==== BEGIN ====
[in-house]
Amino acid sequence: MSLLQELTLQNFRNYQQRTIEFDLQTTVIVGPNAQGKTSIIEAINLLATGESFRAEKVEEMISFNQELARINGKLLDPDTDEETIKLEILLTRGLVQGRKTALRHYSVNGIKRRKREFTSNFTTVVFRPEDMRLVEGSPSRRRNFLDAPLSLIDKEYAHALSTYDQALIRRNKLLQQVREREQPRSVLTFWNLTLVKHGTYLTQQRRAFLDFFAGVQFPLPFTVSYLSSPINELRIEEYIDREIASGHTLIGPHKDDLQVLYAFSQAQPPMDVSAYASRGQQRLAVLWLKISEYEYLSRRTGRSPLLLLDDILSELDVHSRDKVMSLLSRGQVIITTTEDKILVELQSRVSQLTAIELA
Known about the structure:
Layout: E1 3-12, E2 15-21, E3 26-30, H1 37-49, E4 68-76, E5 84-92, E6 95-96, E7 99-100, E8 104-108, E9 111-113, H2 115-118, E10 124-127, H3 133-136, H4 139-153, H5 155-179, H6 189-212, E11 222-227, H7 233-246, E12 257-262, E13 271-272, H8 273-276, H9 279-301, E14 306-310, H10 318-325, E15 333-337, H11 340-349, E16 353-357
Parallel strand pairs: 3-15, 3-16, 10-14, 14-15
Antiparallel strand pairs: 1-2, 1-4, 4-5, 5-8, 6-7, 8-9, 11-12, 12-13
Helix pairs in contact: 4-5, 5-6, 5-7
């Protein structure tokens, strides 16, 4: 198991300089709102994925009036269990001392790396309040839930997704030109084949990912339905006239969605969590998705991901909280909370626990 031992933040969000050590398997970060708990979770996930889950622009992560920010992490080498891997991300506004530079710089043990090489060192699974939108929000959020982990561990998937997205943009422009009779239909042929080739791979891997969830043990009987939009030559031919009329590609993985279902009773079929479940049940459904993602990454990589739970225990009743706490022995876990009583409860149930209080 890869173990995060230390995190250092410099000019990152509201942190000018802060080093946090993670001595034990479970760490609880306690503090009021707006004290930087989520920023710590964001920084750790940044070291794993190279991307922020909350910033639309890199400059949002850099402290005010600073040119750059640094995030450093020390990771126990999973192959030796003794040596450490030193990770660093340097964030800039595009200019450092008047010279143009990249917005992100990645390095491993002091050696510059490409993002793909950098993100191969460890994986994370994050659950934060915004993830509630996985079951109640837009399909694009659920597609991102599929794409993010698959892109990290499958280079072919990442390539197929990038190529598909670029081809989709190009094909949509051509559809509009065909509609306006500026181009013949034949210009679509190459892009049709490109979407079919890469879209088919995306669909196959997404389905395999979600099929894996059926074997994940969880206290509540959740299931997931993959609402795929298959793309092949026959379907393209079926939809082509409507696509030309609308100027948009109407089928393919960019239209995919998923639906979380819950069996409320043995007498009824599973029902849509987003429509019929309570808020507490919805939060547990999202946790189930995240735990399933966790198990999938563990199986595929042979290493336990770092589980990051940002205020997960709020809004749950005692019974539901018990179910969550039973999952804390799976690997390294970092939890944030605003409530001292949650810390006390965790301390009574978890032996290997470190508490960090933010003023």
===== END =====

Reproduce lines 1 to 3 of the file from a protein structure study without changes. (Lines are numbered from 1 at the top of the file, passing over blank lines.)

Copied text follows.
[in-house]
Amino acid sequence: MSLLQELTLQNFRNYQQRTIEFDLQTTVIVGPNAQGKTSIIEAINLLATGESFRAEKVEEMISFNQELARINGKLLDPDTDEETIKLEILLTRGLVQGRKTALRHYSVNGIKRRKREFTSNFTTVVFRPEDMRLVEGSPSRRRNFLDAPLSLIDKEYAHALSTYDQALIRRNKLLQQVREREQPRSVLTFWNLTLVKHGTYLTQQRRAFLDFFAGVQFPLPFTVSYLSSPINELRIEEYIDREIASGHTLIGPHKDDLQVLYAFSQAQPPMDVSAYASRGQQRLAVLWLKISEYEYLSRRTGRSPLLLLDDILSELDVHSRDKVMSLLSRGQVIITTTEDKILVELQSRVSQLTAIELA
Known about the structure: